Marc Marquez has been confirmed as the 2016 MotoGP world champion, as the competition visits Valencia, Spain for the final grand prix this term.
The Spaniard sits top of the standings with an unassailable total of 278 points for Honda, 42 points clear of legendary racer Valentino Rossi of Yamaha.
Many riders have improved during this year's championship, as Ducati's Andrea Dovizioso claimed top spot on the podium in the last race at Sepang in Kuala Lumpur, Malaysia.
Marquez claimed his third MotoGP world crown in four years at the Grand Prix of Japan, as Rossi and Jorge Lorenzo crashed out of contention.
Here's a look at the schedule for the upcoming race weekend:
|MotoGP Valencia 2016: Grand Prix Schedule|
|Friday, Nov. 11||8:55 a.m.||Free Practice 1|
|Friday, Nov. 11||1:05 p.m.||Free Practice 2|
|Saturday, Nov. 12||8:55 a.m.||Free Practice 3|
|Saturday, Nov. 12||12:30 p.m.||Free Practice 4|
|Saturday, Nov. 12||1:10 p.m.||Qualifying 1|
|Saturday, Nov. 12||1:35 p.m.||Qualifying 2|
|Sunday, Nov. 13||8.40 a.m.||Race|
Top Riders and Preview
Marquez has guaranteed his trip to his home country will be a joyous occasion as his nation celebrates yet another world title for the 23-year-old fresh-faced legend, who has made such a stunning impact since winning his first premier class title in 2013.
However, racing fans will be paying attention in Valencia to one of his main rivals from over the years, as Lorenzo makes his final ride on a Yamaha.
MotoGP noted the great man's last race in his famous colours after winning three world titles:
Lorenzo swept to the championship in 2010, 2012 and 2015 after nine seasons with his team. The iconic Spanish rider won 43 races, gaining 106 podiums along the way, starting from pole position 38 times—according to MotoGP.
Lorenzo was reflective as he prepared for his last stand for the team in Valencia, per MotoGP:
The season is almost over and finally we arrive to Valencia, where I have some good memories, especially last year when we were able to achieve our goal and become World Champion again. Valencia is going to be a very special race for me because after nine years with the Yamaha family I have to say goodbye and it won‘t be easy. I had a lot of good feelings with Yamaha and together we won a lot of races and titles… I would like to finish this season in the best way possible and that‘s with a victory, so I will do my best to try to win in Cheste and I will try to secure third position in the championship as well.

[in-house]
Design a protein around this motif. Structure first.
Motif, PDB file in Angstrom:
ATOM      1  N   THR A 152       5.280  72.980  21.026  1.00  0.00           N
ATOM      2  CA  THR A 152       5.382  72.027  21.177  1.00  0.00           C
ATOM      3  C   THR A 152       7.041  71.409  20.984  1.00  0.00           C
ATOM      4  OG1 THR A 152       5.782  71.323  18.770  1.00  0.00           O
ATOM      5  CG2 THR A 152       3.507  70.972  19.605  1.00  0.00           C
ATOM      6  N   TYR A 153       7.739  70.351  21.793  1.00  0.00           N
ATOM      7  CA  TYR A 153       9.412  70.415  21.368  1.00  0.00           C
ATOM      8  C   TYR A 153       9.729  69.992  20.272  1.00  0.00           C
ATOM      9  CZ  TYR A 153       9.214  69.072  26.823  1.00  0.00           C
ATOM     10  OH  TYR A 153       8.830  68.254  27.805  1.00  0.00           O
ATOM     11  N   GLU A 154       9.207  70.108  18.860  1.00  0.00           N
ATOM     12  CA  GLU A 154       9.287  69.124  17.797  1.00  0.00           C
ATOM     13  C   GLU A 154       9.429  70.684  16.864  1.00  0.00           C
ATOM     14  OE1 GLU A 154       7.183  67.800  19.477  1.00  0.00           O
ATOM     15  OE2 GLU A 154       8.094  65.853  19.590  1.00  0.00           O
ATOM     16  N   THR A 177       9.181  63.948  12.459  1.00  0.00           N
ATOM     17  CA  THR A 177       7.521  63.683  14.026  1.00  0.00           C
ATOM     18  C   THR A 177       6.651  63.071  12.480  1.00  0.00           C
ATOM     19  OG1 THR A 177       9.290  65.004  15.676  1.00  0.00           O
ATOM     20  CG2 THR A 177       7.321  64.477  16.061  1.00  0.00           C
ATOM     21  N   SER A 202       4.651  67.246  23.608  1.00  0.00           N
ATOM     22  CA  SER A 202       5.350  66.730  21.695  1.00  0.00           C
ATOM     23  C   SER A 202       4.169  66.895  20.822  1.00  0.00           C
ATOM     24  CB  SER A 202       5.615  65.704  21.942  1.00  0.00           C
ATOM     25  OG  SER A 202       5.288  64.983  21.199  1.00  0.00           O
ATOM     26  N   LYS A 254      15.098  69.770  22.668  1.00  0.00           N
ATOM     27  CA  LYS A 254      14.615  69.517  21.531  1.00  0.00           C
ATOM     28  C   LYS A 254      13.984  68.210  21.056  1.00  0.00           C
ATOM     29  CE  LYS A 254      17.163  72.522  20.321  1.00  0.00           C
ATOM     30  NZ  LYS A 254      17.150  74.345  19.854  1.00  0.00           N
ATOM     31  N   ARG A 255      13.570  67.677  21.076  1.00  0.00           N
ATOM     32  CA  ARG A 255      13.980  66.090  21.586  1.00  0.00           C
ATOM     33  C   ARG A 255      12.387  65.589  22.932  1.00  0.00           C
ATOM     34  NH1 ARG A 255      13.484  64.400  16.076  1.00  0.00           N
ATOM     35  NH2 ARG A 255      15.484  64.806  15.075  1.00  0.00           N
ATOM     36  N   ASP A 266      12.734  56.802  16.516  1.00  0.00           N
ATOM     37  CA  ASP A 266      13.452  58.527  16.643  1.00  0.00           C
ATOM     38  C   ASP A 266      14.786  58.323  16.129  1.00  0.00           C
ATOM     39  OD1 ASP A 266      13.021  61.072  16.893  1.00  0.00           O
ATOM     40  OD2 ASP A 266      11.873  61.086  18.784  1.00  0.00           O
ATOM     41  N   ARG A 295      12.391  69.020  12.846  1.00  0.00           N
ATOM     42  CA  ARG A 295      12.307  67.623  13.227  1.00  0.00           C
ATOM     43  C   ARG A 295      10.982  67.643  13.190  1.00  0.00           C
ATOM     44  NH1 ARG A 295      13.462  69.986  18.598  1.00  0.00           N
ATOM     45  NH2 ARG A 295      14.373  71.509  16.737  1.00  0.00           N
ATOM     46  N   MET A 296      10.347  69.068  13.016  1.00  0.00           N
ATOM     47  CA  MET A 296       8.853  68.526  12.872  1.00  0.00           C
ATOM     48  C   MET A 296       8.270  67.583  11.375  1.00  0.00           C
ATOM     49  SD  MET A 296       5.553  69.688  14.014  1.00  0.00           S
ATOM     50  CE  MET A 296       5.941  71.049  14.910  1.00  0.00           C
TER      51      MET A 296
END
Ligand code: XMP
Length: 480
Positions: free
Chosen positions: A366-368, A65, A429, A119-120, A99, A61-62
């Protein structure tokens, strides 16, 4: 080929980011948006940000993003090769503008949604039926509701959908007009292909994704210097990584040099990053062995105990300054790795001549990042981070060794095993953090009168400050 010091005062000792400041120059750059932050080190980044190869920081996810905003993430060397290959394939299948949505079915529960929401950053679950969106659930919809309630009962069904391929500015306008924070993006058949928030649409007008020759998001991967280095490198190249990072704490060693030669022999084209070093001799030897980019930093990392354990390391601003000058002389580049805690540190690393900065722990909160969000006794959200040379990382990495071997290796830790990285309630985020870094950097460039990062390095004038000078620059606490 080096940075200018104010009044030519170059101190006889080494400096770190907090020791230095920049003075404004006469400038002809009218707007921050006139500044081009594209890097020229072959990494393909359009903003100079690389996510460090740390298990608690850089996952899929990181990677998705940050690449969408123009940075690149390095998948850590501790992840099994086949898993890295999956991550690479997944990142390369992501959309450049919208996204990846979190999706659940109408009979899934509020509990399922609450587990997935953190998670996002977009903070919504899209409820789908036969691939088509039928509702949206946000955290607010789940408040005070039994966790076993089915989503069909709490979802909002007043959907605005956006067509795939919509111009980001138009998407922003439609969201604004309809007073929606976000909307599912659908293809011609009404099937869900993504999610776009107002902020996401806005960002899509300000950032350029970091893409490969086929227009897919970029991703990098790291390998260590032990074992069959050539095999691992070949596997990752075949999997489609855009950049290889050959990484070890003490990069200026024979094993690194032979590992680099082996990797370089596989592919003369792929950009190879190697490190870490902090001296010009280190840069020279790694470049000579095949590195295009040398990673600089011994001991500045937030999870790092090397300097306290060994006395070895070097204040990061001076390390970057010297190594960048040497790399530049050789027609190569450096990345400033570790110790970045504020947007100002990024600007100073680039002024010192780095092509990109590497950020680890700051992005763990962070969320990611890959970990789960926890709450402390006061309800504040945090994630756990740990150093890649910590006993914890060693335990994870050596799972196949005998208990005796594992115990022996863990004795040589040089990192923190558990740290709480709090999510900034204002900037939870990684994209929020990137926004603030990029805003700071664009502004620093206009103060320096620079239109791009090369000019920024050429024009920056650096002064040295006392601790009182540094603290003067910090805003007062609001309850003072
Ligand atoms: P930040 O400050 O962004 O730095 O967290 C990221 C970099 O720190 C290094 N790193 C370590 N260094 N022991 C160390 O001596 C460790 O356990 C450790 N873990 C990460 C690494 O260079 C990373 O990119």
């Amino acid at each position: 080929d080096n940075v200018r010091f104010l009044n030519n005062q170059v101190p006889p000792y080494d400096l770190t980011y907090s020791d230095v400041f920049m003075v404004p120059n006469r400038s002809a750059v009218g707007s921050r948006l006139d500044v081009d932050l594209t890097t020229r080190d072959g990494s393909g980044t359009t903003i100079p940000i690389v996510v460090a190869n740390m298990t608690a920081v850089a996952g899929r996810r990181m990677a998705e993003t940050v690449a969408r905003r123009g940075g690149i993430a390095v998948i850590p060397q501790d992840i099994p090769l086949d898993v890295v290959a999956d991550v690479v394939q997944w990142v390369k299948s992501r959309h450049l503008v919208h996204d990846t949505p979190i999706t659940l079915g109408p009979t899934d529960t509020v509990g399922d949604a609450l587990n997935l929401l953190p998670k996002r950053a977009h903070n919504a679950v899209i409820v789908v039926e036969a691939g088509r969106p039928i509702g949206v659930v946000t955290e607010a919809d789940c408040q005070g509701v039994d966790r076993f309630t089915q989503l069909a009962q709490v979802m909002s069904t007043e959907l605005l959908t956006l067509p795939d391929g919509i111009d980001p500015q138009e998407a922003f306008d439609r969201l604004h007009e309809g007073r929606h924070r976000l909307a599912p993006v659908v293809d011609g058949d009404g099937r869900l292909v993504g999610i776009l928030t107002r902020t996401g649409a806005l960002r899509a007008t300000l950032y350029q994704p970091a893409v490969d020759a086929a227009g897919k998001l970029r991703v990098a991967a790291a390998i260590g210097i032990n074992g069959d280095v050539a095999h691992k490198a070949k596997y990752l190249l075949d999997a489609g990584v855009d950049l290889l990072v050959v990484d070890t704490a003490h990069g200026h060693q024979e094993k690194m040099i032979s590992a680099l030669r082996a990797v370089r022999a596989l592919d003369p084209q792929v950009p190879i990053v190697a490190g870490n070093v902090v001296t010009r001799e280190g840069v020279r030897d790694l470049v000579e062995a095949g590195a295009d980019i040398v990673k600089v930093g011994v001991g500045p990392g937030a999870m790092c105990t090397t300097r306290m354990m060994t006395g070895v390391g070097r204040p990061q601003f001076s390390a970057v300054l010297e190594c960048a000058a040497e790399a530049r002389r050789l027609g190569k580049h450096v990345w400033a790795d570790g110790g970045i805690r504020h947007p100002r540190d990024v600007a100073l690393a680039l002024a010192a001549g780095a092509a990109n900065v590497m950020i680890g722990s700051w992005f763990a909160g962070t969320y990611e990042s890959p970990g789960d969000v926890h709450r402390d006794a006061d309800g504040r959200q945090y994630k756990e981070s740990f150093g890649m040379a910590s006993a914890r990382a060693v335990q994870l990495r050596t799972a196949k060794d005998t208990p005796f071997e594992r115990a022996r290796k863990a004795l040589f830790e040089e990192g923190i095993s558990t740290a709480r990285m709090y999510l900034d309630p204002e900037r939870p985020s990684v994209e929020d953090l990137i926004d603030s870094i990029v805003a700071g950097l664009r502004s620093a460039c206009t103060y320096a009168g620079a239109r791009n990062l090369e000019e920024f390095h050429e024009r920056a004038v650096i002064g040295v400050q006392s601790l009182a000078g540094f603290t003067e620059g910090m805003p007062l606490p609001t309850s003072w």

Rossi slid out of the title race in Japan, and the gravel surface will not have hurt as much as the knowledge of Marquez's confirmation of a third world title.
Rossi has had little success at Valencia in recent years, but spoke of his fondness for the track ahead of Sunday's race, per Crash.net.
For me Valencia is always a special race because it is always very challenging. Usually on this track I suffer a bit and it's not good for me.
For this reason I want to be as strong as possible during this weekend, working well with my team and get the best possible result. We are still fighting for the constructor's and the team's championship, so I will do my best to collect important points.
After the race I will finally try the new YZR-M1. I am very impatient to get to know next year's bike.
The Italian superstar clearly has one eye on next season already, and his machine hasn't had the extra speed to pressure Marquez at the vital moments. Rossi has remained competitive for most of the campaign, but Marquez has been a class apart during most races against increased competition from the field.
There's been a clutch of burgeoning talent in the top-10 places this term, and as Lorenzo departs for Ducati, there could be a new pecking order next year.
Cal Crutchlow has progressed well for Honda, as has Dani Pedrosa, making the top end of the championship as strong as ever.
However, the king of the track remains the young rider from Spain who has brought a new level of consistency to the sport since he made his bow in MotoGP.
Marquez is the man to beat, and still in his early 20s, he could be at the top of the standings for many years to come.